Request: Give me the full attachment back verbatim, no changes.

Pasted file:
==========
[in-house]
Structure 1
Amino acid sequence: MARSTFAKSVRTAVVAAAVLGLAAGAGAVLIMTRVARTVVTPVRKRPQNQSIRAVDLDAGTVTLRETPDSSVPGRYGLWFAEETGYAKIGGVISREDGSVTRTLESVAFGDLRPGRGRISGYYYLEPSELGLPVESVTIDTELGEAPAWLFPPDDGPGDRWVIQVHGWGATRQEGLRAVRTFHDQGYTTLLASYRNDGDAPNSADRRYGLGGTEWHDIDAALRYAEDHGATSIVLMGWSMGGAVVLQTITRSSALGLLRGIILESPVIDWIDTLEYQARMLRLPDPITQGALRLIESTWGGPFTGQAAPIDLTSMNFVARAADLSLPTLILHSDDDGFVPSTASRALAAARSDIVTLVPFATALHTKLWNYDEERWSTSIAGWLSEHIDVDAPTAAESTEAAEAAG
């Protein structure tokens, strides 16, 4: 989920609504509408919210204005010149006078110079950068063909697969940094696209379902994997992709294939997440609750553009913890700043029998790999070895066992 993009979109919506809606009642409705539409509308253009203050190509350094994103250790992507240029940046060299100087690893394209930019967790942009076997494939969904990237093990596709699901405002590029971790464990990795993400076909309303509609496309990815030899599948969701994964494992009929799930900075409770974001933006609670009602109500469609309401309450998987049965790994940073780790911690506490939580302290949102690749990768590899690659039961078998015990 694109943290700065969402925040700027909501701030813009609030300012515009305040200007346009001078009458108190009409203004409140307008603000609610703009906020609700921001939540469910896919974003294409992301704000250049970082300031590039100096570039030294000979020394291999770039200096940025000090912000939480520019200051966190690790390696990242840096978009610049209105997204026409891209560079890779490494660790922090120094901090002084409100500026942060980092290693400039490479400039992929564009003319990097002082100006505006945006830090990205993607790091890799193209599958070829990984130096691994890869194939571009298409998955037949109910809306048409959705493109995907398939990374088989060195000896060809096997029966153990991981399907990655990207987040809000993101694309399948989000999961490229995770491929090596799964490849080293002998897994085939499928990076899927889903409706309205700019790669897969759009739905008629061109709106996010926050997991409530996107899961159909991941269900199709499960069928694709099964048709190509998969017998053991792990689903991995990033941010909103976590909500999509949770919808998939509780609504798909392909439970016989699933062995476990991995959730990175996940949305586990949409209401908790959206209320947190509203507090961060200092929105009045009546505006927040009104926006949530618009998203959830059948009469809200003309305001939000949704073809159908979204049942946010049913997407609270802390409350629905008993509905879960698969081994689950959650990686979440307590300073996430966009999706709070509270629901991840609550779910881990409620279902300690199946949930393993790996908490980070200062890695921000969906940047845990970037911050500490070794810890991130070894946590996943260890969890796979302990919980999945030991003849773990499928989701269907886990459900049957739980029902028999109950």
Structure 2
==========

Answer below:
[in-house]
Structure 1
Amino acid sequence: MARSTFAKSVRTAVVAAAVLGLAAGAGAVLIMTRVARTVVTPVRKRPQNQSIRAVDLDAGTVTLRETPDSSVPGRYGLWFAEETGYAKIGGVISREDGSVTRTLESVAFGDLRPGRGRISGYYYLEPSELGLPVESVTIDTELGEAPAWLFPPDDGPGDRWVIQVHGWGATRQEGLRAVRTFHDQGYTTLLASYRNDGDAPNSADRRYGLGGTEWHDIDAALRYAEDHGATSIVLMGWSMGGAVVLQTITRSSALGLLRGIILESPVIDWIDTLEYQARMLRLPDPITQGALRLIESTWGGPFTGQAAPIDLTSMNFVARAADLSLPTLILHSDDDGFVPSTASRALAAARSDIVTLVPFATALHTKLWNYDEERWSTSIAGWLSEHIDVDAPTAAESTEAAEAAG
């Protein structure tokens, strides 16, 4: 989920609504509408919210204005010149006078110079950068063909697969940094696209379902994997992709294939997440609750553009913890700043029998790999070895066992 993009979109919506809606009642409705539409509308253009203050190509350094994103250790992507240029940046060299100087690893394209930019967790942009076997494939969904990237093990596709699901405002590029971790464990990795993400076909309303509609496309990815030899599948969701994964494992009929799930900075409770974001933006609670009602109500469609309401309450998987049965790994940073780790911690506490939580302290949102690749990768590899690659039961078998015990 694109943290700065969402925040700027909501701030813009609030300012515009305040200007346009001078009458108190009409203004409140307008603000609610703009906020609700921001939540469910896919974003294409992301704000250049970082300031590039100096570039030294000979020394291999770039200096940025000090912000939480520019200051966190690790390696990242840096978009610049209105997204026409891209560079890779490494660790922090120094901090002084409100500026942060980092290693400039490479400039992929564009003319990097002082100006505006945006830090990205993607790091890799193209599958070829990984130096691994890869194939571009298409998955037949109910809306048409959705493109995907398939990374088989060195000896060809096997029966153990991981399907990655990207987040809000993101694309399948989000999961490229995770491929090596799964490849080293002998897994085939499928990076899927889903409706309205700019790669897969759009739905008629061109709106996010926050997991409530996107899961159909991941269900199709499960069928694709099964048709190509998969017998053991792990689903991995990033941010909103976590909500999509949770919808998939509780609504798909392909439970016989699933062995476990991995959730990175996940949305586990949409209401908790959206209320947190509203507090961060200092929105009045009546505006927040009104926006949530618009998203959830059948009469809200003309305001939000949704073809159908979204049942946010049913997407609270802390409350629905008993509905879960698969081994689950959650990686979440307590300073996430966009999706709070509270629901991840609550779910881990409620279902300690199946949930393993790996908490980070200062890695921000969906940047845990970037911050500490070794810890991130070894946590996943260890969890796979302990919980999945030991003849773990499928989701269907886990459900049957739980029902028999109950």
Structure 2